Wrongful death suit files given to lawyers; Feuding quieted in homicide of Ruxton woman

Susan Hurley Harrison's legal trail has vanished nearly as mysteriously as she did.

No criminal charges have been filed in the killing of the Ruxton socialite, who disappeared in 1994 and whose remains were found two years later in a remote part of Frederick County. Last week, a $17 million wrongful death suit, brought by her children against her estranged husband, James J. Harrison Jr., was settled privately.


And now, many of the documents in the civil case file have been removed from the Baltimore County courthouse and returned to lawyers in the case -- removing even those details from the public eye.

"Cases are generally sealed, or unique things that are evidence are returned, but this is highly unusual," said Stephen Yagman, a federal civil rights lawyer from California. "When parties have a dispute and it's private, they can do whatever they want. But once the government gets involved, the public has an interest in seeing what happens, if only to see and evaluate how this third branch of government conducts itself."


But James P. Yudes, a New Jersey lawyer who specializes in civil cases, disagreed.

"In a civil case where there are questions of wrongful conduct that could impact on a person's reputation or standing in the community, it's not very unusual," to keep such documents out of public view, Yudes said.

Court documents filed in the civil suit showed that James Harrison -- whom police long called the main suspect in her disappearance -- had suffered mental deterioration that could have prevented him from attending trial.

The documents also showed that in financial records prepared for the trial, James Harrison earned nearly $4 million in retirement from 1991 through 1993 as a former chief financial officer of McCormick & Co.

Those documents and other motions, responses, attachments and memorandums in the case file were returned to lawyers Friday. Settlement Judge Frank E. Cicone has ordered both sides to remain silent about the terms.

What the resolution has effectively done is quiet years of wrangling and publicity surrounding Harrison and her sons. The questions that remain may never be answered.

The Harrison case was unusual from the day of her disappearance Aug. 5, 1994. Every development proved futile in solving the case -- the discovery of her car abandoned at an airport, allegations of a disintegrating and abusive marriage, and the repeated public pleas from her divided family to help find Harrison.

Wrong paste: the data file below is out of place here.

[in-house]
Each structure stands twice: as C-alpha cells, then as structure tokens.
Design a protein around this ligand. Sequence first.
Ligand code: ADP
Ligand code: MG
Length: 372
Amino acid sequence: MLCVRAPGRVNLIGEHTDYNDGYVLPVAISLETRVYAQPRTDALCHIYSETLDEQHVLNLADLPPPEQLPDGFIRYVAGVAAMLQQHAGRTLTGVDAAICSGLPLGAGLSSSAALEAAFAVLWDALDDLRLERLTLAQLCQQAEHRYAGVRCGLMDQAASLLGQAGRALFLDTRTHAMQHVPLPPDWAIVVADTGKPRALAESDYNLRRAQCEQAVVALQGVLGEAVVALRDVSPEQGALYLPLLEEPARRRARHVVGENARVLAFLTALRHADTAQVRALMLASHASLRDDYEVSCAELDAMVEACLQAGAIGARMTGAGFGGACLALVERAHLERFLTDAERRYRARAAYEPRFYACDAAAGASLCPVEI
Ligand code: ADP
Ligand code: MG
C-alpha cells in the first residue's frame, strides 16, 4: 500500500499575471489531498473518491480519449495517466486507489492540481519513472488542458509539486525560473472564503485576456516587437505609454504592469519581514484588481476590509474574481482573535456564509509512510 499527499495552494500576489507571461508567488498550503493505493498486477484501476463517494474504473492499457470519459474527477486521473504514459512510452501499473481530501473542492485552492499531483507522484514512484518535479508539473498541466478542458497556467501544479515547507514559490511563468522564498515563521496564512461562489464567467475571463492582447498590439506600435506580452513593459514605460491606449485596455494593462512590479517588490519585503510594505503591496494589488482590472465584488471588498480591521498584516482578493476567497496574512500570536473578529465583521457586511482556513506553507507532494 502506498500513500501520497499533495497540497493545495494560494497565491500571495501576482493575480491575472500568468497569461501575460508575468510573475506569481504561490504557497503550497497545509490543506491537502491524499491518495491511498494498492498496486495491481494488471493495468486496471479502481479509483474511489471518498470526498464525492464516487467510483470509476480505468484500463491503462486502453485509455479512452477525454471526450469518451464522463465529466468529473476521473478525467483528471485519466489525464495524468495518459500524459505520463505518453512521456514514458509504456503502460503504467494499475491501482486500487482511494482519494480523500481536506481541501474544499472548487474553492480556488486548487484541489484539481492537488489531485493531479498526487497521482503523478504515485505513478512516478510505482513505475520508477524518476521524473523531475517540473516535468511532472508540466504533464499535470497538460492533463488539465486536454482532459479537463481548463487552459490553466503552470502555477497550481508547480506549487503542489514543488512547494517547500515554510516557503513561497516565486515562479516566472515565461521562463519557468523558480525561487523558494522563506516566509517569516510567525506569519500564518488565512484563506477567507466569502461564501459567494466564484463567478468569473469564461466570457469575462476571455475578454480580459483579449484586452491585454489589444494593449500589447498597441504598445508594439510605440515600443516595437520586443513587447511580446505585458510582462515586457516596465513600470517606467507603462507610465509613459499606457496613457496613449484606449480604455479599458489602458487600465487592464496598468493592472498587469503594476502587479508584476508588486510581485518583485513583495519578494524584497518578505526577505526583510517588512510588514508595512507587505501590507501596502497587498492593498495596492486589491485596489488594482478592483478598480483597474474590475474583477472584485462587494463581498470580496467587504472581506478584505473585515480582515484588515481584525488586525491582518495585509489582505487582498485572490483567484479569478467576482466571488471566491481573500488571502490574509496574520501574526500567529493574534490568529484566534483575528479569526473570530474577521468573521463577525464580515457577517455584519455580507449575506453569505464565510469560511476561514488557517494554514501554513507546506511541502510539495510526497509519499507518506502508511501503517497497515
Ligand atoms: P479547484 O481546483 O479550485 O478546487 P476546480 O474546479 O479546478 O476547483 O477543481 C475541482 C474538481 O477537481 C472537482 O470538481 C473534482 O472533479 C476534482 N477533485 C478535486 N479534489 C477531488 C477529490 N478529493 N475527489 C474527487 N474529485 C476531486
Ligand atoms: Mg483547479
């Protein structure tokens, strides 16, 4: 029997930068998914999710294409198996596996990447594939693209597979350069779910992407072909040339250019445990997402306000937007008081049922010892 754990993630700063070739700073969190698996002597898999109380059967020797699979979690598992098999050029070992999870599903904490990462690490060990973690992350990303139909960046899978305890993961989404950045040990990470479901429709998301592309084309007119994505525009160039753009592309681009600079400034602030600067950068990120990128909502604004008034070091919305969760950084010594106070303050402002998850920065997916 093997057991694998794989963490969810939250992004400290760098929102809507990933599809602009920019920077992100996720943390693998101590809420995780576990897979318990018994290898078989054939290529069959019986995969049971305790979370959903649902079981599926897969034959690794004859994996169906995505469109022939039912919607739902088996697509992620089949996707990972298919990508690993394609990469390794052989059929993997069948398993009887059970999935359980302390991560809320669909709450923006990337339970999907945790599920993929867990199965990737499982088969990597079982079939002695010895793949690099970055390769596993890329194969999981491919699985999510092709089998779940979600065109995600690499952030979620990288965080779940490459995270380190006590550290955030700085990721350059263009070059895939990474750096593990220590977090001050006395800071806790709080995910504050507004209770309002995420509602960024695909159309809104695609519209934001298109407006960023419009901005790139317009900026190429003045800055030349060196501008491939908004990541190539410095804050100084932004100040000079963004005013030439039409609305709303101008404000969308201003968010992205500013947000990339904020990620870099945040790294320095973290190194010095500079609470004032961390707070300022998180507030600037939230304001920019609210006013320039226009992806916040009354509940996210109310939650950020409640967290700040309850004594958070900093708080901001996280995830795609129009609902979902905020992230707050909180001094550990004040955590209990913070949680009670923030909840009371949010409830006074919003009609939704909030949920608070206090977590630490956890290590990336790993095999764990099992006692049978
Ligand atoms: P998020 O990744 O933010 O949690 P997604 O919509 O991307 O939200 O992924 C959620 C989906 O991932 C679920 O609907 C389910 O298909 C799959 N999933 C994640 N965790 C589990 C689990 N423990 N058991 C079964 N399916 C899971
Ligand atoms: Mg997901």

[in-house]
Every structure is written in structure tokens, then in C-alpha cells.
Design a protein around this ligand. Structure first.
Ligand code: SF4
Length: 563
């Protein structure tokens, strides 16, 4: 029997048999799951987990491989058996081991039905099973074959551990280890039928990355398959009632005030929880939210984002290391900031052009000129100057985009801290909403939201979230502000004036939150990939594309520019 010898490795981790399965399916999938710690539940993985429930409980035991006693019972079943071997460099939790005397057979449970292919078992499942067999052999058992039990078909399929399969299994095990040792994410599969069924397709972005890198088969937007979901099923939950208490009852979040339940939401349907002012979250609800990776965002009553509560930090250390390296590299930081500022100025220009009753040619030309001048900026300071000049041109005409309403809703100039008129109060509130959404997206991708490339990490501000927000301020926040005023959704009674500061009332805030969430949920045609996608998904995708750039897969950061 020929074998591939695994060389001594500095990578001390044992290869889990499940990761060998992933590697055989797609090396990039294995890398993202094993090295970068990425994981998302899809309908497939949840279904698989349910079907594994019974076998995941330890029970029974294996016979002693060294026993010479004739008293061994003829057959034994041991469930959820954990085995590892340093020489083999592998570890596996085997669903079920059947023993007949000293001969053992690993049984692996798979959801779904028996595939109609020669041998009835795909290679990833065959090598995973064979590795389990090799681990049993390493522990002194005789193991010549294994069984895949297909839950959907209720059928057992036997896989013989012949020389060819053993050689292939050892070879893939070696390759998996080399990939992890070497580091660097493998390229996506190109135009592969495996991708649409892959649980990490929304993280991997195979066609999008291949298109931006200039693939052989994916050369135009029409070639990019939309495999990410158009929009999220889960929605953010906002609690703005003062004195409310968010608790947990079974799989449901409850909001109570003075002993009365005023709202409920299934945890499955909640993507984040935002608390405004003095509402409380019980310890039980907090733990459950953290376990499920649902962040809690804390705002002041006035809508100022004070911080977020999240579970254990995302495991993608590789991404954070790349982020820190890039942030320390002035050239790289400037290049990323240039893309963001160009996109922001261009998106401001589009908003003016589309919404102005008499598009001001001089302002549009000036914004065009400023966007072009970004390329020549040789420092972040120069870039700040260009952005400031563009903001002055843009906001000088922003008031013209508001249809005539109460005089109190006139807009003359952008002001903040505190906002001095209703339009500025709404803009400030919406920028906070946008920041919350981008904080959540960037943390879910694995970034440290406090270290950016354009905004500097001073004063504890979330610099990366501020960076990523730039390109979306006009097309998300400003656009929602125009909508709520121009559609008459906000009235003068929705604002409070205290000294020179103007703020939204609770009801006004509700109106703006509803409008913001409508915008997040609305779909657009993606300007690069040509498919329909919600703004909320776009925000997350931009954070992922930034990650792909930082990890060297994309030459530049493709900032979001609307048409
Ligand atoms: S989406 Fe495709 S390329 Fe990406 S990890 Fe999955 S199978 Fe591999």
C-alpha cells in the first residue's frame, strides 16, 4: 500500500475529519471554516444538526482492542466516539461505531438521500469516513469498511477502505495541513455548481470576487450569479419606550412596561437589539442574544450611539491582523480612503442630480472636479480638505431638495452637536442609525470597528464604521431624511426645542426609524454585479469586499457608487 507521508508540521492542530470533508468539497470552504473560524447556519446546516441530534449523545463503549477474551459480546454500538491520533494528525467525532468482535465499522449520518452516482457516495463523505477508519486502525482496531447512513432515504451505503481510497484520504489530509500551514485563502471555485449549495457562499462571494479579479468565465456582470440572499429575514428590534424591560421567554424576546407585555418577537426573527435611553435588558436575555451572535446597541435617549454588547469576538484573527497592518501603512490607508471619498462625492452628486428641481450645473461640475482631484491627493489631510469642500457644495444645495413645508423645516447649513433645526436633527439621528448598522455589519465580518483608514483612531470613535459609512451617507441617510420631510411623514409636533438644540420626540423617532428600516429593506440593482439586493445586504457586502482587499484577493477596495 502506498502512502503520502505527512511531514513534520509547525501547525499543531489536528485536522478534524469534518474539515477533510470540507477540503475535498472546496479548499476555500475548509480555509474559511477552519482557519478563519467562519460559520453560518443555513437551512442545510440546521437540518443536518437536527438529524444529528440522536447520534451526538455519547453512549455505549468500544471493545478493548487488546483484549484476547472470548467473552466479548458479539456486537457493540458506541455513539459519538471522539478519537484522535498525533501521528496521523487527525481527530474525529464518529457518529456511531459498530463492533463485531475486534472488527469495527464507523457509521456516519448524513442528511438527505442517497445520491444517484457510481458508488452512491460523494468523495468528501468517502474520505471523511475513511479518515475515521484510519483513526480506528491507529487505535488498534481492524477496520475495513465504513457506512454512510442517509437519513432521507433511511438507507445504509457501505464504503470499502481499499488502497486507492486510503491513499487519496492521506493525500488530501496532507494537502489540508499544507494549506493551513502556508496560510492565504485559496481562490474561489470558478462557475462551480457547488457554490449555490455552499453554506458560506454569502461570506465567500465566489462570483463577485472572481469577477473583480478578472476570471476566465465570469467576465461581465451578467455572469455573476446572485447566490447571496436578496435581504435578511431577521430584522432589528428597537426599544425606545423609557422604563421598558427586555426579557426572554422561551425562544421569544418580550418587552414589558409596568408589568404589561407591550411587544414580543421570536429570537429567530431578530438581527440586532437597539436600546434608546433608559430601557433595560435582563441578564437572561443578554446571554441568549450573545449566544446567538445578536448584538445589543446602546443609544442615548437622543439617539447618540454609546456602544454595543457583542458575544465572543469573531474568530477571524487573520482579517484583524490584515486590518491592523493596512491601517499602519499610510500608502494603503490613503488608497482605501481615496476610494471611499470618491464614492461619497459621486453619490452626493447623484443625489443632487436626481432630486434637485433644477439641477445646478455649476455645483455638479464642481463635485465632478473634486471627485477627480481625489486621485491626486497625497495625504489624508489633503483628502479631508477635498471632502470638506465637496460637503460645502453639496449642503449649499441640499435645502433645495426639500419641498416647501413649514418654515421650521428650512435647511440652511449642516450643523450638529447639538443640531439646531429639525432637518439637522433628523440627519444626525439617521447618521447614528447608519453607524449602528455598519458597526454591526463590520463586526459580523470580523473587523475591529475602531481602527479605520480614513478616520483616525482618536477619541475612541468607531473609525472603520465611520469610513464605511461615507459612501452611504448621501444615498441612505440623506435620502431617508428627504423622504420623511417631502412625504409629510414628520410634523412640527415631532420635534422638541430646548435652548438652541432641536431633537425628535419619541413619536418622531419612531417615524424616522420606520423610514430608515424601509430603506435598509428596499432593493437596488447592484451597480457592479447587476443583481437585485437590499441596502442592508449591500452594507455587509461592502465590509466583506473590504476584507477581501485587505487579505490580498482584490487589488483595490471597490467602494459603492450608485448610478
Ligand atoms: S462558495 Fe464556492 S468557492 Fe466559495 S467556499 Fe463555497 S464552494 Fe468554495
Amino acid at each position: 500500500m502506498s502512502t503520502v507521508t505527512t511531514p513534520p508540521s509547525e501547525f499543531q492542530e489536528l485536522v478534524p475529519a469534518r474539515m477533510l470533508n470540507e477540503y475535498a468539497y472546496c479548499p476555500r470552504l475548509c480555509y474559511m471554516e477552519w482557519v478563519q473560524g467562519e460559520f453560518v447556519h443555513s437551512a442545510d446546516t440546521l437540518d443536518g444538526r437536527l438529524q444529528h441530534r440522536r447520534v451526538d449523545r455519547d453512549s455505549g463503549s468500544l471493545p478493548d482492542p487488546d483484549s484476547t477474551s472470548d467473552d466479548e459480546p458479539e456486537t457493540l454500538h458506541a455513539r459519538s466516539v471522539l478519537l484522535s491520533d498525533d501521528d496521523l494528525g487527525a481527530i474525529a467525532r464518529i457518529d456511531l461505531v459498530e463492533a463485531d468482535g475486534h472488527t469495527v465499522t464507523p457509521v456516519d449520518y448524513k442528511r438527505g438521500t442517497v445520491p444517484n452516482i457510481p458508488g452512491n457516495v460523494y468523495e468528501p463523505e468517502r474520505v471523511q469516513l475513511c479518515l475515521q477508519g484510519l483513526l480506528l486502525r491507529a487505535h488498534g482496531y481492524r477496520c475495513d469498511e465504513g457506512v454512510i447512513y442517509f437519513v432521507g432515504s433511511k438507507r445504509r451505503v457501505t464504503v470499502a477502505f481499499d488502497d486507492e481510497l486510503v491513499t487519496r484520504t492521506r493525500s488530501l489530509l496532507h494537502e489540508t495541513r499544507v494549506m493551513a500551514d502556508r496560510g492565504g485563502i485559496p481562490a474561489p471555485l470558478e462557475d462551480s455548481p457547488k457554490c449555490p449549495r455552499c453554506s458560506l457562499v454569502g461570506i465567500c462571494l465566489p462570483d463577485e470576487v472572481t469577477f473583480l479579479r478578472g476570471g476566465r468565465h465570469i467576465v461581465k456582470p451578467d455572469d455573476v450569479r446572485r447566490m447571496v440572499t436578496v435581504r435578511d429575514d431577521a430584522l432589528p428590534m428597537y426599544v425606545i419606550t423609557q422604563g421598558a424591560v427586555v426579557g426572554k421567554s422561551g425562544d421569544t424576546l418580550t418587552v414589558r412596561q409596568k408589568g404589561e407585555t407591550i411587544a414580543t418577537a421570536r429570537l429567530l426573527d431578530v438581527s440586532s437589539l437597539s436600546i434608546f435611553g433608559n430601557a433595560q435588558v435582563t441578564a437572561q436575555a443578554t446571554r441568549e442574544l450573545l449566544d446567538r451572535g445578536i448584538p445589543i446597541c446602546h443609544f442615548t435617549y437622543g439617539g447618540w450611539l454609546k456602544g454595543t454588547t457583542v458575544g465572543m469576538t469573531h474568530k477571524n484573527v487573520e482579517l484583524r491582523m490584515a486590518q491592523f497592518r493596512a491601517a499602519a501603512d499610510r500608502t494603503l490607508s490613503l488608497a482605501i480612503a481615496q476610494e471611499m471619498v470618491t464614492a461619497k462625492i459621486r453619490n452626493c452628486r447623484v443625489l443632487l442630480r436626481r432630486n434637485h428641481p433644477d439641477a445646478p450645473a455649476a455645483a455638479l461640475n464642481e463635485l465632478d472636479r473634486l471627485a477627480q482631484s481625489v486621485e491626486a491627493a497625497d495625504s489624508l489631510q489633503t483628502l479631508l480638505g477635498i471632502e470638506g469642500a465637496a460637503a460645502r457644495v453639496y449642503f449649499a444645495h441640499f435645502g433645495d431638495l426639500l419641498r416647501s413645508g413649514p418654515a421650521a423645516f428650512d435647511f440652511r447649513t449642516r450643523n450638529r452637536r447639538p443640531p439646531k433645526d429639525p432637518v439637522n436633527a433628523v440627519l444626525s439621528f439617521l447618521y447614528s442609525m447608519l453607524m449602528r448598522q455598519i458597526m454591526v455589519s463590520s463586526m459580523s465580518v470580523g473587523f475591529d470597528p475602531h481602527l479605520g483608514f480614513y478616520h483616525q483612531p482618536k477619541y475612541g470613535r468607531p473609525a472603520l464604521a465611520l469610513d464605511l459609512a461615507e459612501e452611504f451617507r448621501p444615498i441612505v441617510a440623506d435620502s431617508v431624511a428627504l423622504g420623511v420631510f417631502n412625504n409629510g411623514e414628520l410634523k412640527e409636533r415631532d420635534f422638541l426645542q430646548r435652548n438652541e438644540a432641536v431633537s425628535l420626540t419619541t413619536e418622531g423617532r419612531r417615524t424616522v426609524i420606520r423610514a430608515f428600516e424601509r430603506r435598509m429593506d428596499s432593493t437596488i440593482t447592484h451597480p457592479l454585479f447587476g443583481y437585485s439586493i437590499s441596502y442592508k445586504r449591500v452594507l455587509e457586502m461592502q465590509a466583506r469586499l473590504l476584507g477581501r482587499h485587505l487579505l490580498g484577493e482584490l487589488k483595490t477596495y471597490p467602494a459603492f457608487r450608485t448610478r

Police searched for her without success for two years. Finally, her remains were found and her death, from head injuries, was ruled a homicide.


In May, the Maryland attorney general's office called off a five-year investigation into Harrison's disappearance and death for lack of evidence.

James Harrison has steadfastly denied killing his estranged wife.

Frustrated by a long investigation, her two sons from a previous marriage had already taken action. In an unusual move, Jonathan Hawkes Owsley and Nicholas Barrett Owsley filed a civil suit in 1997 to keep James Harrison from inheriting their mother's estate.

"We're basically asking the O. J. Simpson question," said Byron L. Warnken, a University of Baltimore law professor. "Any victim of a rape, a robbery, a murder, any crime against persons can bring a civil lawsuit against the assailant.

"It could happen in every single case where someone is personally offended, but it probably happens well less than 1 percent of the time."

Susan Elgin of the Baltimore-based Women's Law Center said such civil cases might become more common, however, in cases of domestic abuse and rapes in which criminal charges are never brought against an assailant.


"The Harrison heirs were pretty courageous for going through with this because it was a pretty new action in this state," Elgin said. "If criminal action can't be brought forward, I think you're going to see it more and more as people's awareness of domestic violence increases."

The resolution of the civil suit may not mark the end of the case for James Harrison, however.

"Civilly, they're settled," Yudes said. "But criminally, until the statute of limitations runs out, the ax could always fall."